I mean great as in, really big, as opposed to, say, absolutely terrific.
As avidly as I follow the many subtle and well-tempered arguments in Wikipedia’s Village Pump section (yes, that was cheap sarcasm), I missed the fact that a few days ago Wikipedia jefe Jim Wales proposed an experiment: requiring that changes to Wikipedia pages be approved by an editor. People are calling this policy Flagged Revisions. The proposal was prompted by a couple of inaccurate edits to pages about Ted Kennedy and Robert Byrd, reporting that they had died. Which they hadn”t. The edits were fixed pretty quickly — a matter of minutes — but still. (By the way, it’s not clear to me whether this proposal applies to what Wikipedians call “BLPs” — biographies of living persons — or whether it goes for all articles.)
Apparently the German version of Wikipedia has been trying this for a few months, and it’s going all right, though German Wikipedia is a smaller article base, and there have been significant delays in getting flagged revisions approved.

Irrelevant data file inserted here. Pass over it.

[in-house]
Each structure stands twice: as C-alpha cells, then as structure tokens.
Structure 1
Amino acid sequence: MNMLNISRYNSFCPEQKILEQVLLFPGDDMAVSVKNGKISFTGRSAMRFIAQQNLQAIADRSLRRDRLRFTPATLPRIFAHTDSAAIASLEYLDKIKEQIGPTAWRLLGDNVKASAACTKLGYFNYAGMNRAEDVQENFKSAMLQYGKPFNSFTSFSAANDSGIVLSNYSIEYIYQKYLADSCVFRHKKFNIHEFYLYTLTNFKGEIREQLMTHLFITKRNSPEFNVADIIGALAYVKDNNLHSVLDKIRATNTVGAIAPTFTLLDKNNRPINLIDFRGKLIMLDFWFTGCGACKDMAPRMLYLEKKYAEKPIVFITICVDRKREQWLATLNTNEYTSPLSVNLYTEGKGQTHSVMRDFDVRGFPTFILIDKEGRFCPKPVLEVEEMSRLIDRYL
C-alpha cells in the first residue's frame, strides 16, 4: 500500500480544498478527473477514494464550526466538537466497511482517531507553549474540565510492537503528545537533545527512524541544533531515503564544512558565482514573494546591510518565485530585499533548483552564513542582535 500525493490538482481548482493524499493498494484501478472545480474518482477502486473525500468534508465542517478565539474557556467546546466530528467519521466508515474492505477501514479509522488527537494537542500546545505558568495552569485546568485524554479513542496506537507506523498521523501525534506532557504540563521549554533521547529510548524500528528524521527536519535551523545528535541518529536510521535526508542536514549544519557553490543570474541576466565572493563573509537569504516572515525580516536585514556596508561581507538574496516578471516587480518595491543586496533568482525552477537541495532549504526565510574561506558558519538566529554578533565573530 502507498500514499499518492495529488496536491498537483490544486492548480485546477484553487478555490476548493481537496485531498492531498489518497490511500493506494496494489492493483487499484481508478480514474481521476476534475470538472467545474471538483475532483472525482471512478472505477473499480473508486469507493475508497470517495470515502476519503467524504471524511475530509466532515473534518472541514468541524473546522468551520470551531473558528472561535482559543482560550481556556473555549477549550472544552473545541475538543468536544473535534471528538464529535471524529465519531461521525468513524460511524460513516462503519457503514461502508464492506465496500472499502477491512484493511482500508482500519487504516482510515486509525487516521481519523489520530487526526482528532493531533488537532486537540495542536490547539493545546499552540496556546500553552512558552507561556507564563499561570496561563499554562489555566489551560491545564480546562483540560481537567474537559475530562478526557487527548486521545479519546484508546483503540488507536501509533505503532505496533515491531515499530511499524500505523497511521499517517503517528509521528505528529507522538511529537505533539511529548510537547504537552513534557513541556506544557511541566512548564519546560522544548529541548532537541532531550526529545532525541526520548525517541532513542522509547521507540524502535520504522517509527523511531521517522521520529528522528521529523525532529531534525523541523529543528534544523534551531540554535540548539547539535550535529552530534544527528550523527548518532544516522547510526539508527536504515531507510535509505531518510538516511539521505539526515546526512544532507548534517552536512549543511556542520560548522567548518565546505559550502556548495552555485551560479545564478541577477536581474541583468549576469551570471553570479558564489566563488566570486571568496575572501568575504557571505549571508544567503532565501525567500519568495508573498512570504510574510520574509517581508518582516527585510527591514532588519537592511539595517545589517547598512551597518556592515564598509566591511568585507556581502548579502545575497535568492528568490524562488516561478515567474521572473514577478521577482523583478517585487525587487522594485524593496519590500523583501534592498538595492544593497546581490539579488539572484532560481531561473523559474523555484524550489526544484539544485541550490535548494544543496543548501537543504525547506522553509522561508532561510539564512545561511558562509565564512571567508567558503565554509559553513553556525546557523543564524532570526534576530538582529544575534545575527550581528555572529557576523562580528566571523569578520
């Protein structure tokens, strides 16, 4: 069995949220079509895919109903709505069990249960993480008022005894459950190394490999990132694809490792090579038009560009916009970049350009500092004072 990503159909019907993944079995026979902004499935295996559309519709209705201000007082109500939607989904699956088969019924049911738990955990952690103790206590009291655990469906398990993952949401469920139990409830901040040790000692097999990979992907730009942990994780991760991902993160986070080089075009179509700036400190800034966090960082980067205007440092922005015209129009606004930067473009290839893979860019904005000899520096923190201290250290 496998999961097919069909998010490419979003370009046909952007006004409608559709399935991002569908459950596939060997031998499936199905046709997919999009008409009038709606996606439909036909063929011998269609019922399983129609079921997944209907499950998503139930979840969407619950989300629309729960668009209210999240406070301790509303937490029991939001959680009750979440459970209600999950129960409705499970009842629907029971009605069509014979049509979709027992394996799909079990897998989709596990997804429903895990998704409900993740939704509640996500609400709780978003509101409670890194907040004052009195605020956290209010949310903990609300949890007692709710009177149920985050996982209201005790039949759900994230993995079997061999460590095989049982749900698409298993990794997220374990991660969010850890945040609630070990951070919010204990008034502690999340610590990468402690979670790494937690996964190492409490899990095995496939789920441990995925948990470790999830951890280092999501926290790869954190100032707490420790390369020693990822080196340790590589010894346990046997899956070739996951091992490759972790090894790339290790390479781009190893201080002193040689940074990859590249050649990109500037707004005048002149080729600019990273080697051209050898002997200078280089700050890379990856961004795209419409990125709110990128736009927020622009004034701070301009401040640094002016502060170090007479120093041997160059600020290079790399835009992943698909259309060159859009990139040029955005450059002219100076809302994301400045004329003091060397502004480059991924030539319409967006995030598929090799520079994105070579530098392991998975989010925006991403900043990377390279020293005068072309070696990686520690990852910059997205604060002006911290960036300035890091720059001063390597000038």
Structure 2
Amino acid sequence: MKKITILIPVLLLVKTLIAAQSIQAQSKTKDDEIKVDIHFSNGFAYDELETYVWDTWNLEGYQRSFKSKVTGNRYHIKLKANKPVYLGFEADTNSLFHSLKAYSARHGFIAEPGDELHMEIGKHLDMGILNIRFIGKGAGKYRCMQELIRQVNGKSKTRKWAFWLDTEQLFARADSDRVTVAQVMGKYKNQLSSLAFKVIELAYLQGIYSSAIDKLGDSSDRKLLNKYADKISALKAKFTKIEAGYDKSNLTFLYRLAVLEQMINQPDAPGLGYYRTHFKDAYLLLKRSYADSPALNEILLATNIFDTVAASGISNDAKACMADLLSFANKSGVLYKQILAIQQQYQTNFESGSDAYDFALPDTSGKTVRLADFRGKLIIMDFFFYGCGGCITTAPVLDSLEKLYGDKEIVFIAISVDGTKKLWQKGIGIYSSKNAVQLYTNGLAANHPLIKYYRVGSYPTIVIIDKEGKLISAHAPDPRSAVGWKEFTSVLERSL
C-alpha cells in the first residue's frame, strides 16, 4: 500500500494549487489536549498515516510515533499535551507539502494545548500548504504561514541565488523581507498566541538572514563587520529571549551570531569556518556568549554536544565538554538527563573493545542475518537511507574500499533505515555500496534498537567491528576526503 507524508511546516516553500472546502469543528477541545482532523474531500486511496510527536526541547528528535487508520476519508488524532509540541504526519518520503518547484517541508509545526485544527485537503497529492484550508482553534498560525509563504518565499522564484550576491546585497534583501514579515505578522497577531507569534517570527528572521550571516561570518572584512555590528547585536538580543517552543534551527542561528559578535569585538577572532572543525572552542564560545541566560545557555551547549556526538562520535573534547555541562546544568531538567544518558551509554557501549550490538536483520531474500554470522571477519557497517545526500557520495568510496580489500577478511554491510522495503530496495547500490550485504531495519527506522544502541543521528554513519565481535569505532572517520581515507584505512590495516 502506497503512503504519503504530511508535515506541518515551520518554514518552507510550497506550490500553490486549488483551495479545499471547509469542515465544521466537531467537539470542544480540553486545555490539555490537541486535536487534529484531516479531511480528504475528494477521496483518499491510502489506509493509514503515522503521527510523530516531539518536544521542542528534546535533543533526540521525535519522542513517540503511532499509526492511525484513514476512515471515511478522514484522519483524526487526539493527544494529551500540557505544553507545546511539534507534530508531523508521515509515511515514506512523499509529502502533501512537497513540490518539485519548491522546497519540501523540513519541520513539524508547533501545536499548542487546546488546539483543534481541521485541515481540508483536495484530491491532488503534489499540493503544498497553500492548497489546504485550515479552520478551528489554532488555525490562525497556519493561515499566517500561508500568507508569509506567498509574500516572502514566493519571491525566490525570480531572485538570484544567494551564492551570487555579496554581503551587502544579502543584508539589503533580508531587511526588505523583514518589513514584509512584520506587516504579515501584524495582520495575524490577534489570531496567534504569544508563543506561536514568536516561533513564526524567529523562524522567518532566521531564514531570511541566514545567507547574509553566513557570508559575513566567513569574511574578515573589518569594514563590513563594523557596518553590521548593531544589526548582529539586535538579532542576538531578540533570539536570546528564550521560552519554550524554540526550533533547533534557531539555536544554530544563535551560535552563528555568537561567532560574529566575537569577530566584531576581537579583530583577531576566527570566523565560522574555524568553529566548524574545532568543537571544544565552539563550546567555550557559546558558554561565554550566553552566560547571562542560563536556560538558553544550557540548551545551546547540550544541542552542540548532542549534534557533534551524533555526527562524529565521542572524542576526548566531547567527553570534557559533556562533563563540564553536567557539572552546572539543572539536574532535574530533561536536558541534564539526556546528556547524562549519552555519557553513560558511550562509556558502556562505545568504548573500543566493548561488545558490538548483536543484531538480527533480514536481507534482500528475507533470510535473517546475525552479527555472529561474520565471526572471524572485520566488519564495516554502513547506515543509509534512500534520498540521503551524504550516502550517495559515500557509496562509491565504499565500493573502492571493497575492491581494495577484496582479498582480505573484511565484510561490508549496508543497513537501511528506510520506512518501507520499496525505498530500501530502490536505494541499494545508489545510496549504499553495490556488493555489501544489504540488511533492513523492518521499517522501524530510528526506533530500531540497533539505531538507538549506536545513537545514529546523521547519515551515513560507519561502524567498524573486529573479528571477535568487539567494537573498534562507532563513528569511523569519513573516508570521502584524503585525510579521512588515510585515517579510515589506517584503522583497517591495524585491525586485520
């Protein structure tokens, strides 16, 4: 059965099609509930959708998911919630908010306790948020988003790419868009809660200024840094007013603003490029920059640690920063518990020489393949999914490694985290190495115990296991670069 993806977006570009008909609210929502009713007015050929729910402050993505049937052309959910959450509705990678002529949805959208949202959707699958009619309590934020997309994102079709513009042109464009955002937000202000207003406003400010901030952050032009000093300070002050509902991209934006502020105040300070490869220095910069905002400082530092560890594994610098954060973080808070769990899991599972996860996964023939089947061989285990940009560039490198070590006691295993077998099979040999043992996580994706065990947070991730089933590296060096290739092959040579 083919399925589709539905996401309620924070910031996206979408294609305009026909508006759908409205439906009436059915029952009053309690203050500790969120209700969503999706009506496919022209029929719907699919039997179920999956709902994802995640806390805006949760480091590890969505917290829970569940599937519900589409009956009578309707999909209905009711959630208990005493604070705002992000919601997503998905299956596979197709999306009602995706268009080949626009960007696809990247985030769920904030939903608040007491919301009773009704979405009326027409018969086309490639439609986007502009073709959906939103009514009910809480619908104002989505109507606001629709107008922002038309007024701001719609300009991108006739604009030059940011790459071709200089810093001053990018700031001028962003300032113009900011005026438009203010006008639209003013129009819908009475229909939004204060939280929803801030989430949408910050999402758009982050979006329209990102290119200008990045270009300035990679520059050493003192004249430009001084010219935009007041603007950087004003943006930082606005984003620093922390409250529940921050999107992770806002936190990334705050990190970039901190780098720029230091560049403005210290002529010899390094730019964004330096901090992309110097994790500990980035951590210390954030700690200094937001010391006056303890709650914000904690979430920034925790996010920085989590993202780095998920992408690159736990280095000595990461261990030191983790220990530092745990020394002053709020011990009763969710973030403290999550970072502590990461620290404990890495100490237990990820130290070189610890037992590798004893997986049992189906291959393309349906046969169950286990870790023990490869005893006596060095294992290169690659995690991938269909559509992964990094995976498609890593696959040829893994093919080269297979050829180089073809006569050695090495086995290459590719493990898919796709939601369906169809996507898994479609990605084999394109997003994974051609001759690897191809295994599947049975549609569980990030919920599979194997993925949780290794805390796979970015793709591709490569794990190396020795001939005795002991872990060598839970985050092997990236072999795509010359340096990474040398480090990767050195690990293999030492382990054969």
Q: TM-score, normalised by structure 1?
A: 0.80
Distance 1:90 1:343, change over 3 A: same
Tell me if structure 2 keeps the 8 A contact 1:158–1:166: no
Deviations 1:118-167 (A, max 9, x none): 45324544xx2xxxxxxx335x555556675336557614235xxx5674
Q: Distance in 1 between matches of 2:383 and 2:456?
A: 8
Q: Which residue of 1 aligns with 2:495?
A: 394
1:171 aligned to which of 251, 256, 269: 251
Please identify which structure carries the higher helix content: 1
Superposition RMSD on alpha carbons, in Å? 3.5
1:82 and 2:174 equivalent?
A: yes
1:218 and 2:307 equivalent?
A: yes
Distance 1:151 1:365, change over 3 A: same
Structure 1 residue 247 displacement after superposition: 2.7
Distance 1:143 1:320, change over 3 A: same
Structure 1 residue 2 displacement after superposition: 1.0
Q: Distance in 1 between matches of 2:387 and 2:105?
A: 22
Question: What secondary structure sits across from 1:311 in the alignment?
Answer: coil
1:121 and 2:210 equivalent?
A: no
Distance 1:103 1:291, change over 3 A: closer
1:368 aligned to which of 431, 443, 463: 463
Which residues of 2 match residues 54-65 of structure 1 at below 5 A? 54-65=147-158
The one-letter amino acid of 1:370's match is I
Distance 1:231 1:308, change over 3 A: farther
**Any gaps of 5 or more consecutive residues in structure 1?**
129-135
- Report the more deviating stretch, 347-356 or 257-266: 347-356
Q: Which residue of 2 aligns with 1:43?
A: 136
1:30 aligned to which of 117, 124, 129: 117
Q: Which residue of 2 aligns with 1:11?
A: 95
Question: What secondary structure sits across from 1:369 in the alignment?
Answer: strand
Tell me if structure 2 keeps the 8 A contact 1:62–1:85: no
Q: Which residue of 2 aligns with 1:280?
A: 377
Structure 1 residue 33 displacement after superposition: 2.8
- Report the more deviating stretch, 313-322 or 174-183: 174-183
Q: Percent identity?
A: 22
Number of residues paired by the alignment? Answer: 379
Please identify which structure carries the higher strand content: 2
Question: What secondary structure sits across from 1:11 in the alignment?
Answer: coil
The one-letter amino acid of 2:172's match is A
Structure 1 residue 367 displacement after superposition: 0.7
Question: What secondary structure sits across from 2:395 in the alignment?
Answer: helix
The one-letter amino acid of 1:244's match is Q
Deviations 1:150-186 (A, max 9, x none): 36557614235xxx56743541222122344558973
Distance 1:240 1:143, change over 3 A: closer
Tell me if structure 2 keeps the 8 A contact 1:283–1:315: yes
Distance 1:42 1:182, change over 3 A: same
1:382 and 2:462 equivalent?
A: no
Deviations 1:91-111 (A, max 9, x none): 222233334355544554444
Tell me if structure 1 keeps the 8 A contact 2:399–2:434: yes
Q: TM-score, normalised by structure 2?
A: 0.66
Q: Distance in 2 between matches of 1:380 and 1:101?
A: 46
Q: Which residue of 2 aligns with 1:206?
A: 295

This would be a fundamental change to the way Wikipedia grows and changes. The whole magnificent edifice of Wikipedia is like one of those deepwater crabs that can only survive within a very fine temperature range. Wikipedia is the product of dynamic equilibrium, maintained by a careful balance between anarchy and the rule of law. Too much anarchy and vandals run rampant. Too much law, and you throttle off popular participation; plus there’s the little matter of the biases of whoever’s enforcing the laws. This would definitely push the slider bar towards the law end.
Is there an eternal principle of freedom at stake here? It’s hard to imagine the Wikipedia editors becoming some kind of fascist cadre, ruthlessly suppressing the truth that would set us all free, 1984-style. Maybe the real question is just a practical one, whether or not Wikipedia should be a source for breaking news. Personally I don’t use it for that stuff — that’s why we have CNN and the wire services and all that. To me Wikipedia is an incredibly useful but relatively static resource for research, that at the best of times requires extensive bolstering and confirmation by more thoroughly vetted sources. If revisions were delayed a couple of weeks, that wouldn’t bother me at all.
But that’s probably why I don’t hang out at the Village Pump. I’m not sufficiently alarmist. There was a poll on Wikipedia intended to evaluate public opinion about Flagged Revisions. The result: 60 to 40 in favor. Which is great. Now all we have to do is resolve the debate over whether or not the poll was fair.